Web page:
dug it more than i expected but that smooth jazzy sound is really not for me
This was not bad. Super spacey vibes on this record. This is not a conventional album, it sounds a little off somehow. Just some different noises on here than i am used to. Hejira Hejira Hejira 4/10
Album lent, trop même. Je n'ai pas tant apprécier lors de ma première écoute, je vais essayer de le réécouter avant le changement d'album
Favourite track(s): Coyote All the tracks just blend into one another. Her style seems to be this relatively plain instrumental and her part-spoken, part off-key vocals on top of that. I am sure that is all technically more advanced than Cohen for example. But I just cannot get behind it.
Joni Mitchell seems to believe that she's above such things as "melody" or "hooks" or "choruses". She seems to operate under the belief that she can take whatever poem she's written and just warble it tunelessly into a microphone and people will love her for it. Well, I do not. This was incoherent trash. The only reason it's not getting a one-star review is because the lyrics, while unbelievably self-indulgent, were well written. Had this been a spoke word album, it would have scored better.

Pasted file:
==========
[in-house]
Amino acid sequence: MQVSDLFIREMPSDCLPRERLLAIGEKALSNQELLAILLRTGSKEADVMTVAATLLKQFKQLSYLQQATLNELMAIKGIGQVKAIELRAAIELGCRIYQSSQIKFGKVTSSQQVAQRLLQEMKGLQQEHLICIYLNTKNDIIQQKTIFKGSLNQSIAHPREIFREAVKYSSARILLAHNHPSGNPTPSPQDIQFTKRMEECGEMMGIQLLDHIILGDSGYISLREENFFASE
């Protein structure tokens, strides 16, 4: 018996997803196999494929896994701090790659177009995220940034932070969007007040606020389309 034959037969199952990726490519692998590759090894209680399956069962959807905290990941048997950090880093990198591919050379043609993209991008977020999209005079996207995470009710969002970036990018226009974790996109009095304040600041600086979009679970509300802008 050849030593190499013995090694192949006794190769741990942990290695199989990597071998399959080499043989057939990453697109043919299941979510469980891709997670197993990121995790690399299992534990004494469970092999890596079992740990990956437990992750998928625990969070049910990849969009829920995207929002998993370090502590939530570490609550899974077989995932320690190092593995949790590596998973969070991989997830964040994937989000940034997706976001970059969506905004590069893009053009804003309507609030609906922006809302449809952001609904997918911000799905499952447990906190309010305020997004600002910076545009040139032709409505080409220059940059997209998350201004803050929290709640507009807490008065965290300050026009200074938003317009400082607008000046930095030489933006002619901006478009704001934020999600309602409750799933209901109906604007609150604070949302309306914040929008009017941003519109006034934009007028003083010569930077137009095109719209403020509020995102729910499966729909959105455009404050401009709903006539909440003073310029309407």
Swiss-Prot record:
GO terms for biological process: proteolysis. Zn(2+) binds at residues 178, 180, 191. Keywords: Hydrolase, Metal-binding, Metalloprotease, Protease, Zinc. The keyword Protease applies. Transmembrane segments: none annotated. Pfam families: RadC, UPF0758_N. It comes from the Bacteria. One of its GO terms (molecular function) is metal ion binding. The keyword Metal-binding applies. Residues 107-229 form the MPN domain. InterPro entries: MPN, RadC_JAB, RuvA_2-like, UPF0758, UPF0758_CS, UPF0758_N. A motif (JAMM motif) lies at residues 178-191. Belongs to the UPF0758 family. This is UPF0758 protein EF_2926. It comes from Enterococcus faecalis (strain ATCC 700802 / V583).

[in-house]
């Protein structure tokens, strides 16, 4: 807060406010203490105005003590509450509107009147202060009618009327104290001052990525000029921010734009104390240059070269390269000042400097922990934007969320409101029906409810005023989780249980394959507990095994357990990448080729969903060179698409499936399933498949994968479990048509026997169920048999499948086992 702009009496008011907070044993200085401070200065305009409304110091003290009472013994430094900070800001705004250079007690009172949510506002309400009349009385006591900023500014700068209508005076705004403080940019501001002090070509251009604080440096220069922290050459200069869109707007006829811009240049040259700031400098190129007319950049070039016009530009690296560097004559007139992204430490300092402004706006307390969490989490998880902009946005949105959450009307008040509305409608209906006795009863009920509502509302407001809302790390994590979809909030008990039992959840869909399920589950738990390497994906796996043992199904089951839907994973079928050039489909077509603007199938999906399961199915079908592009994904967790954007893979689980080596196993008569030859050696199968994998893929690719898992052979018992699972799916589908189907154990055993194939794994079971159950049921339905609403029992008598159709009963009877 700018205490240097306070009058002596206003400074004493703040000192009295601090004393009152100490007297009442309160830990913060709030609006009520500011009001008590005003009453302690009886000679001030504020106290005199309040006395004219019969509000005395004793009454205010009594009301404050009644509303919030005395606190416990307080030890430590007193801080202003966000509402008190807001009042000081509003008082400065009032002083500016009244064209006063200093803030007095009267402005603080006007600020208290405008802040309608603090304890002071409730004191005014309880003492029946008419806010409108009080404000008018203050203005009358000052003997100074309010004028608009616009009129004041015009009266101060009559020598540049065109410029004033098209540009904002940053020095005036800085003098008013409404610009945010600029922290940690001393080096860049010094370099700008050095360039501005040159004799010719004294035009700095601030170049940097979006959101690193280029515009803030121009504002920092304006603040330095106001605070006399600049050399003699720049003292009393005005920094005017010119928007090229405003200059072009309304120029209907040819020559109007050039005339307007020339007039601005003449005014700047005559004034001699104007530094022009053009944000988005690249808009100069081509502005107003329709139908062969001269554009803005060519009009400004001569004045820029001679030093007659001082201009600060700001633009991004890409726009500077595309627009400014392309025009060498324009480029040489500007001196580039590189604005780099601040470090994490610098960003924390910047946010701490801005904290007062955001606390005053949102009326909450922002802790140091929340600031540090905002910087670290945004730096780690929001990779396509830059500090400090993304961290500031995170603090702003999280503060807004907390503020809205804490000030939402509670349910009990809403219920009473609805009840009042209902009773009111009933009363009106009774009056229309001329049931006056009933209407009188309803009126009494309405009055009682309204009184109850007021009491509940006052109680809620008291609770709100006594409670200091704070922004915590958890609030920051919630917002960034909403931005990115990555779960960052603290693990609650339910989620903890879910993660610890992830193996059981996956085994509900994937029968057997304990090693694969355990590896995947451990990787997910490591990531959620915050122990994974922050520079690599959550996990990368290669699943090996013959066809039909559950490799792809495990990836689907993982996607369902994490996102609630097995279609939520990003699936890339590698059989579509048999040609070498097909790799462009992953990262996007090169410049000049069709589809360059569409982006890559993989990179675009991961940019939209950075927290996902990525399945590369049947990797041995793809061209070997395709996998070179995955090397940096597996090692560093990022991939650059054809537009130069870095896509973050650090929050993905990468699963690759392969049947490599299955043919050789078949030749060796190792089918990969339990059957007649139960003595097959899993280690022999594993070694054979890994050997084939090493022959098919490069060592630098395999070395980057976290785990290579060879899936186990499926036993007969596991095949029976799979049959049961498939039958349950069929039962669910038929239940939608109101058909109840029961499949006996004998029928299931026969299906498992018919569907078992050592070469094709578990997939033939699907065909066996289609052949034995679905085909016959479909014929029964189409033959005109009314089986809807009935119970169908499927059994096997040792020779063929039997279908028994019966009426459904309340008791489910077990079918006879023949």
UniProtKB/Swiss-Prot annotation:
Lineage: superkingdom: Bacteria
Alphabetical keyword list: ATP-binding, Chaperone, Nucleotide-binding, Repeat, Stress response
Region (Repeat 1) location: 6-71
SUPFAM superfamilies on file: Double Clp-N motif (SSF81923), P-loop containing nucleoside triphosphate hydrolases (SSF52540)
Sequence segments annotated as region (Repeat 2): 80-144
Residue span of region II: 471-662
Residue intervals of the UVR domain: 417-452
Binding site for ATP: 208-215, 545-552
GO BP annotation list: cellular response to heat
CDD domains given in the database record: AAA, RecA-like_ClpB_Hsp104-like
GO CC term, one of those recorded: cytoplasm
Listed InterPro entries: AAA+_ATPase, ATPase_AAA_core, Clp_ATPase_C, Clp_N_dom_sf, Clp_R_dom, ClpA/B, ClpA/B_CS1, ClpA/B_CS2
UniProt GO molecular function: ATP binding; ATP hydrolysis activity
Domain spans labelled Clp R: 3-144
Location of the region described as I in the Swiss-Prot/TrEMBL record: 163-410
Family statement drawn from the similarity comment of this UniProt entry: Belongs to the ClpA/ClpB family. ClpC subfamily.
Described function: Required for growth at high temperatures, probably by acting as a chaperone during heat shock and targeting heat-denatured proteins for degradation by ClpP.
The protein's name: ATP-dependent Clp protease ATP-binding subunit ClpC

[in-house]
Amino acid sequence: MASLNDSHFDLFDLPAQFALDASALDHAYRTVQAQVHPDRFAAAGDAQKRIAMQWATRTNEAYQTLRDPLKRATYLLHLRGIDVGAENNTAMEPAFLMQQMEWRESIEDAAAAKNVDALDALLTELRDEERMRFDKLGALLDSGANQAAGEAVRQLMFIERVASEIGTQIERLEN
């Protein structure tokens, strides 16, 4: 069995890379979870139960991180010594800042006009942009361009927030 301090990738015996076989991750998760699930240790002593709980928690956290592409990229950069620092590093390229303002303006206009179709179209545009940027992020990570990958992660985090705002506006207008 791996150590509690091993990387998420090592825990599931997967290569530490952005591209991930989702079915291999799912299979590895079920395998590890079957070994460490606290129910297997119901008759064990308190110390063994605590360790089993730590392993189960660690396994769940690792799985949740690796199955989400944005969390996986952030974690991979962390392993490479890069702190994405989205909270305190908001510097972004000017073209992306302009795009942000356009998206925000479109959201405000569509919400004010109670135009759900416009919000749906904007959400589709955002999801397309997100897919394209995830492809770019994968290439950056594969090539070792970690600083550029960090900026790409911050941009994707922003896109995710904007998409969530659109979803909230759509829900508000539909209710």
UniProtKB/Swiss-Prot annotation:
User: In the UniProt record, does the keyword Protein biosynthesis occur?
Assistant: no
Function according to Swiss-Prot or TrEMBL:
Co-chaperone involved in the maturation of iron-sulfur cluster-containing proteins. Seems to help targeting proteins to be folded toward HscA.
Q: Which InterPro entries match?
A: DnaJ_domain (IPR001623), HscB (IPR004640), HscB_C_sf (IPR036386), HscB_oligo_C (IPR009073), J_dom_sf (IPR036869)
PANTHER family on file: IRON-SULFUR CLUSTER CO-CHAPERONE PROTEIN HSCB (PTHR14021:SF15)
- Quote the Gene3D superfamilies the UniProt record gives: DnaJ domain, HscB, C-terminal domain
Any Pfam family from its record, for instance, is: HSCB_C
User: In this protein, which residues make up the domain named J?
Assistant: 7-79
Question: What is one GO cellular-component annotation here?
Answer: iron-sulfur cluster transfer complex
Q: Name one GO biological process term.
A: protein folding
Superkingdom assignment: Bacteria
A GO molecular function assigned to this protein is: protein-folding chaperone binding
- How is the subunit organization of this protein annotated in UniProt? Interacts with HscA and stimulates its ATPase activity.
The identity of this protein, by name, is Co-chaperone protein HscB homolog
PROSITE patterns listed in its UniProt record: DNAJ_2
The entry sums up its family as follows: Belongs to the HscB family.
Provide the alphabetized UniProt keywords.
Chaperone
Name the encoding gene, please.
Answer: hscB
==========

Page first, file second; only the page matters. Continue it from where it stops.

As with her previous album pushed at me here, Blue, I cannot claim to be on the Joni Mitchell wavelength. I do get why some people love her to bits, but me, I'm much more of a Jaco Pastorius fan than a Joni Mitchell one. All in all: a pretty boring album, even if not offensively so.
Couldn't wait to stop listening. Not a fan of Joni's music or this genre really. Just boring and repetitive. I suppose she's very talent but this is isn't for me. 5/10.
This wasn't it. Didn't really like any of the songs on this. Kinda repetitive and just didn't speak to me at all. Kinda boring frankly. Black Crow has some funk but I see no reason to return to this.
2.5 one of her least horrible albums. Not a Mitchell fan.
Not horrible. 2.5
Not on Spotify either! I never liked Joni Mitchells music.